Plaintiff desires an in-cell blood pressure monitor so that he can perform self-testing at will. Id. at 7, ¶ 19. Plaintiff alleges he complained several times about the inadequacy of his blood pressure monitoring and lodged several requests for a blood pressure monitor in his cell. Plaintiff complains that Defendants Dr. Jin, Superintendent Louis Folino, Nurse Supervisor Nedra Grego and L. Moore all refused to provide a satisfactory explanation as to why Plaintiff is not permitted an in-cell blood pressure monitor. Id. at 8 to 9, ¶¶ 26-32.

Plaintiff alleges that after making his repeated requests, Dr. Jin retaliated against Plaintiff for filing grievances and complaints about obtaining a blood pressure monitor in his cell. Id. at 9 to 12, ¶¶ 33-51. Among the allegedly adverse actions taken by Dr. Jin is the requirement that Plaintiff to take his blood pressure medication during daylight hours of the month of Ramadan, notwithstanding that Plaintiff is a Muslim who felt he was required to fast, despite receiving a letter from the Muslim Chaplain that Plaintiff's medical condition excused him from the fast requirements. ECF No. 9-6 at 1. Plaintiff asserts further retaliation by Dr. Jin when, on "June 11, 2012, Plaintiff was removed from Ramadan participation for reasons manufactured by the medical department." Id. at 12, ¶ 53.

The DOC Defendants contend that the facts alleged fail are insufficient to state a claim against them as a matter of law.


As the United States Supreme Court explained in Bell Atlantic Corp. v. Twombly , 550 U.S. 544 (2007), a complaint may properly be dismissed pursuant to Fed.R.Civ.P. 12 (b)(6) if it does not allege "enough facts to state a claim to relief that is plausible on its face." Id. at 570 (rejecting the traditional 12 (b)(6) standard set forth in Conley v. Gibson , 355 U.S. 41, 45-46 (1957)). Under this standard, the court must, as a general rule, accept as true all factual allegations of the complaint and all reasonable inferences must be viewed in the light most favorable to plaintiff. Angelastro v. Prudential-Bache Securities, Inc. , 764 F.2d 939, 944 (3d Cir. 1985).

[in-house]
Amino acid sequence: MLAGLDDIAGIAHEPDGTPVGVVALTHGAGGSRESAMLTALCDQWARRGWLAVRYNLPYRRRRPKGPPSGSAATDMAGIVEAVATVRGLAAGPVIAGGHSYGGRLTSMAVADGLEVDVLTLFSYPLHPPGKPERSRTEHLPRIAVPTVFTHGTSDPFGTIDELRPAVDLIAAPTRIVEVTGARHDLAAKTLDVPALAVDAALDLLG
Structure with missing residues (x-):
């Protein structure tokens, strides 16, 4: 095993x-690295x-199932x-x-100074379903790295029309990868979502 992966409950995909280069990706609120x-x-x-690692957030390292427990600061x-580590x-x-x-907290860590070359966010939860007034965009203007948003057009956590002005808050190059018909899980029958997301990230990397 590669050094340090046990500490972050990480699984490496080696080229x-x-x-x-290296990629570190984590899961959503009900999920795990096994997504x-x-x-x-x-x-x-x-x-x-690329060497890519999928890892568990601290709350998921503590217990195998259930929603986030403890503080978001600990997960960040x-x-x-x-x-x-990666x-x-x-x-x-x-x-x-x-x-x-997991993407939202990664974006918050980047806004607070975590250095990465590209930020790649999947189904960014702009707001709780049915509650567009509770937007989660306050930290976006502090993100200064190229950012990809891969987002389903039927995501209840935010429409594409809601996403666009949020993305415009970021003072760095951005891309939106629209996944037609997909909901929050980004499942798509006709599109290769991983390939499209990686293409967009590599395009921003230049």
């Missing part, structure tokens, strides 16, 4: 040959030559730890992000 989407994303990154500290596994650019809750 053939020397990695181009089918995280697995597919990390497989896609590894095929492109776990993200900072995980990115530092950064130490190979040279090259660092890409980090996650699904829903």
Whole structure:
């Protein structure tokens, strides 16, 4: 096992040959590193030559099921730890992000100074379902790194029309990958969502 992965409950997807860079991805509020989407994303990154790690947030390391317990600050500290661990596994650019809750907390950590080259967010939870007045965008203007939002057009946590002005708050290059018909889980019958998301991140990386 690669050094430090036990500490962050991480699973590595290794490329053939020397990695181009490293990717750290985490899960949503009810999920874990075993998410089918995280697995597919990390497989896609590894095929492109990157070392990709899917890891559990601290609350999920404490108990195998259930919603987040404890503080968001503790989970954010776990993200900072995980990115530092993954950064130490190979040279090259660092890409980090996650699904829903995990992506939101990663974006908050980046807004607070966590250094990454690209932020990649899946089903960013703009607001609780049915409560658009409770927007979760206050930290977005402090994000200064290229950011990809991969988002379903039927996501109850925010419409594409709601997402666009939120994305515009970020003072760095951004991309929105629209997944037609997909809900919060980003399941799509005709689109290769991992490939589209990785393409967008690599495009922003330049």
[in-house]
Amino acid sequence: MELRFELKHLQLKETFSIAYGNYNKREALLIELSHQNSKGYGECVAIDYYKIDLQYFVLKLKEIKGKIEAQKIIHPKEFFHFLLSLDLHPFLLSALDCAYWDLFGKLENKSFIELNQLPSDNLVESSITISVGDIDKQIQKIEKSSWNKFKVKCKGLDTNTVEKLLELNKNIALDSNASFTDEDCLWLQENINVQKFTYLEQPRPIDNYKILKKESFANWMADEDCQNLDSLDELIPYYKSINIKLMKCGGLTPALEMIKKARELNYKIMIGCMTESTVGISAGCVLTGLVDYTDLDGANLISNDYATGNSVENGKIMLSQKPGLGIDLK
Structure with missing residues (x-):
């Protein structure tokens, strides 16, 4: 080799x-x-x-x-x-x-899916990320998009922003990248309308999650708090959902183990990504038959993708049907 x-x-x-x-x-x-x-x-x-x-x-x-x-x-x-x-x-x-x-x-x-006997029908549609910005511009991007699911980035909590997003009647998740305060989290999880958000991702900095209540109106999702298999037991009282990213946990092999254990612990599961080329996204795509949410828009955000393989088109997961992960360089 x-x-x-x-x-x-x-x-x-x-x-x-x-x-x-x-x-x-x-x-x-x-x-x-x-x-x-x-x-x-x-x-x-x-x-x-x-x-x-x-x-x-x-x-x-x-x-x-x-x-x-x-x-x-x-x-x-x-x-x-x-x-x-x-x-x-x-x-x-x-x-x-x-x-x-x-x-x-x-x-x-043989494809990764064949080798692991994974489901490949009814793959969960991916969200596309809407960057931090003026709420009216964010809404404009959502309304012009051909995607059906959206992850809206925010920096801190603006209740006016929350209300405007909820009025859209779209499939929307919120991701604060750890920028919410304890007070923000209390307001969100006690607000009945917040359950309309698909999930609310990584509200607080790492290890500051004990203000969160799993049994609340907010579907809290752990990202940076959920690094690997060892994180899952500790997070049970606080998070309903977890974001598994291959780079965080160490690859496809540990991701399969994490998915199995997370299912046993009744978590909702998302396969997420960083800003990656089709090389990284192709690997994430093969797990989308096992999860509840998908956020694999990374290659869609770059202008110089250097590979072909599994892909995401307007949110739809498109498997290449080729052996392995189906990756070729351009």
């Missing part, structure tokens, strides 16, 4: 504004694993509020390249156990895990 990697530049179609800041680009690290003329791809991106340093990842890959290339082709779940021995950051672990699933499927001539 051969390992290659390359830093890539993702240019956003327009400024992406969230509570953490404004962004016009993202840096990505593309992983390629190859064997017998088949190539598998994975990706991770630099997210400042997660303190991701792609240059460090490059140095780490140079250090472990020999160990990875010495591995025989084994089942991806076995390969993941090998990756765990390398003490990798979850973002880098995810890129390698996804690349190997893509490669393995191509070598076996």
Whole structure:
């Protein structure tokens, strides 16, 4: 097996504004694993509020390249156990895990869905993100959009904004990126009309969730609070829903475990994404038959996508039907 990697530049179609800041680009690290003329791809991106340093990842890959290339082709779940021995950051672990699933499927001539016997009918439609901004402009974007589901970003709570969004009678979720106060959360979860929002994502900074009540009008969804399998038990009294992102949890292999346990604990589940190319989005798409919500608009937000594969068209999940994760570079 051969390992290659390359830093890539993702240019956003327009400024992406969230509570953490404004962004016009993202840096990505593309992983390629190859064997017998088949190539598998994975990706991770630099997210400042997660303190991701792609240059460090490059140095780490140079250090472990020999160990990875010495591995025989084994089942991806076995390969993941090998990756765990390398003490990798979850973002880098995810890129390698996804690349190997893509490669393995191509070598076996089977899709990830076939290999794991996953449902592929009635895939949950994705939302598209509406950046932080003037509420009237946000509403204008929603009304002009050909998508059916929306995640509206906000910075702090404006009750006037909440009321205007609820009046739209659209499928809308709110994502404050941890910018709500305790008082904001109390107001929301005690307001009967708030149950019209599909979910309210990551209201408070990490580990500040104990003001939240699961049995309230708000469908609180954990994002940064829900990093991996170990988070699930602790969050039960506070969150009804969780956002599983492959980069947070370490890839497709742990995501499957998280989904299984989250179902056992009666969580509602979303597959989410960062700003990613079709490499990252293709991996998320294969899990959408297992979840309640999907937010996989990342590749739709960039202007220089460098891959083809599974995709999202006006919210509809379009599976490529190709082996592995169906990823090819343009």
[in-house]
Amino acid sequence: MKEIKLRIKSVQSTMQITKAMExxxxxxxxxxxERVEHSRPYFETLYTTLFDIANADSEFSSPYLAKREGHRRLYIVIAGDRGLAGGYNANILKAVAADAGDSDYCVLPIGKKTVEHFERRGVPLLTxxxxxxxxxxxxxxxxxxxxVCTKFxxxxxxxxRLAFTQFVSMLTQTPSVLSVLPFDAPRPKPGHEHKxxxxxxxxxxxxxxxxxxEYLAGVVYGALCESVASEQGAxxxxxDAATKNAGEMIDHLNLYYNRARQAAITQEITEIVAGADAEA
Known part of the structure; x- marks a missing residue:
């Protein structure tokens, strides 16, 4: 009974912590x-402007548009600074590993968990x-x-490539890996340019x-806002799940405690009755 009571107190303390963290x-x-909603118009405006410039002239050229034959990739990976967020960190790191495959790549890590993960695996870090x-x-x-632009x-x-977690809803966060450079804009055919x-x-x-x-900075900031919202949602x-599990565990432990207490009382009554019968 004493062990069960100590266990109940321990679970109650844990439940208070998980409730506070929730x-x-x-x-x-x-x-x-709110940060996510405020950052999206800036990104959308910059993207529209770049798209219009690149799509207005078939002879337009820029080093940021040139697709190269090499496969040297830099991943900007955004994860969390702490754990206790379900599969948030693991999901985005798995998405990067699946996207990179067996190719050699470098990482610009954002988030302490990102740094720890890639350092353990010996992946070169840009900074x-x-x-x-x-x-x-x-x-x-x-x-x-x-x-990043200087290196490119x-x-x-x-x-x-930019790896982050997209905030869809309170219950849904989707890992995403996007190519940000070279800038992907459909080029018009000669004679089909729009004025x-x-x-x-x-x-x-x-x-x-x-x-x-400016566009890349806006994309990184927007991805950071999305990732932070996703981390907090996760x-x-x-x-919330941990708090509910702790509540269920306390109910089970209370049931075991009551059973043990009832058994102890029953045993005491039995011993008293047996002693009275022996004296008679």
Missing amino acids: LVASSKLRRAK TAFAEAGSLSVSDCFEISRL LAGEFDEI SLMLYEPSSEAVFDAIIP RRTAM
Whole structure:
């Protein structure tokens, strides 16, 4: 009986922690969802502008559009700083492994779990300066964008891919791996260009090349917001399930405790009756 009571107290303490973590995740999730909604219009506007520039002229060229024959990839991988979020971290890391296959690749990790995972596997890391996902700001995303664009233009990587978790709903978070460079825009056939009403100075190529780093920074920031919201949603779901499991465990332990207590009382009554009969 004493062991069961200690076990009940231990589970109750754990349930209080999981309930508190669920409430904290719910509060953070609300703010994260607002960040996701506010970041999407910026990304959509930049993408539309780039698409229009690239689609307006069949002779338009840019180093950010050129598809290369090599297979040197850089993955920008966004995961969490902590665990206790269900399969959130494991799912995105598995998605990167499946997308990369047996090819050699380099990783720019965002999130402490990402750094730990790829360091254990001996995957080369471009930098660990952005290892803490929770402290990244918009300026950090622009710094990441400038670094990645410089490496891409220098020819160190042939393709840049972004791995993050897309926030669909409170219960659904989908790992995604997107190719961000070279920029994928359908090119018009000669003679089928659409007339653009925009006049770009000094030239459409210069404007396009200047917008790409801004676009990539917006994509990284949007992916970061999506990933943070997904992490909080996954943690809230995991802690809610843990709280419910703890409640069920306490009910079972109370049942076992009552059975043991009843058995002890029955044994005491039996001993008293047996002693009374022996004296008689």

Plaintiff attached his relevant grievances and grievance appeals to his first Amended Complaint, ECF No. 9-1 through 9-10. The Court has reviewed these grievances as part of the record in this action. However, consideration of these exhibits by the Court does not convert the DOC Defendants' Motion to Dismiss for failure to state a claim into a motion for summary judgment. Pryor v. National Collegiate Athletic Association , 288 F.3d at 560 ("... certain matters outside the body of the complaint itself, such as exhibits attached to the complaint and facts of which the court will take judicial notice, will not trigger the conversion of an Federal Rule of Civil Procedure 12(b)(6) motion to dismiss to an Federal Rule of Civil Procedure 56 motion for summary judgment"); and see, Spencer v. City of Philadelphia, No. 09-123, 2012 WL 1111141 (W.D. Pa. Apr. 2, 2012).

Accordingly, in addition to the second Amended Complaint, this Court may consider matters of public record and other matters of which a court may take judicial notice, court orders, and exhibits attached to the complaint when adjudicating a motion to dismiss under Rule 12(b)(6). Oshiver v. Levin, Fishbein, Sedran & Berman , 38 F.3d 1380, 1385 n.2 (3d Cir. 1994). Moreover, under the 12(b)(6) standard, a "court need not... accept as true allegations that contradict matters properly subject to judicial notice or by exhibit." Sprewell v. Golden State Warriors , 266 F.3d 979, 988 (9th Cir. 2001), amended by, 275 F.3d 1187 (9th Cir. 2001). The court also need not accept inferences drawn by plaintiff if they are unsupported by the facts as set forth in the complaint. See California Pub. Employee Ret. Sys. v. The Chubb Corp. , 394 F.3d 126, 143 (3d Cir. 2004) (citing Morse v. Lower Merion School Dist. , 132 F.3d 902, 906 (3d Cir. 1997)). Nor must the court accept legal conclusions set forth as factual allegations. Bell Atlantic Corp. , 550 U.S. at 555 (quoting Papasan v. Allain , 478 U.S. 265, 286 (1986)).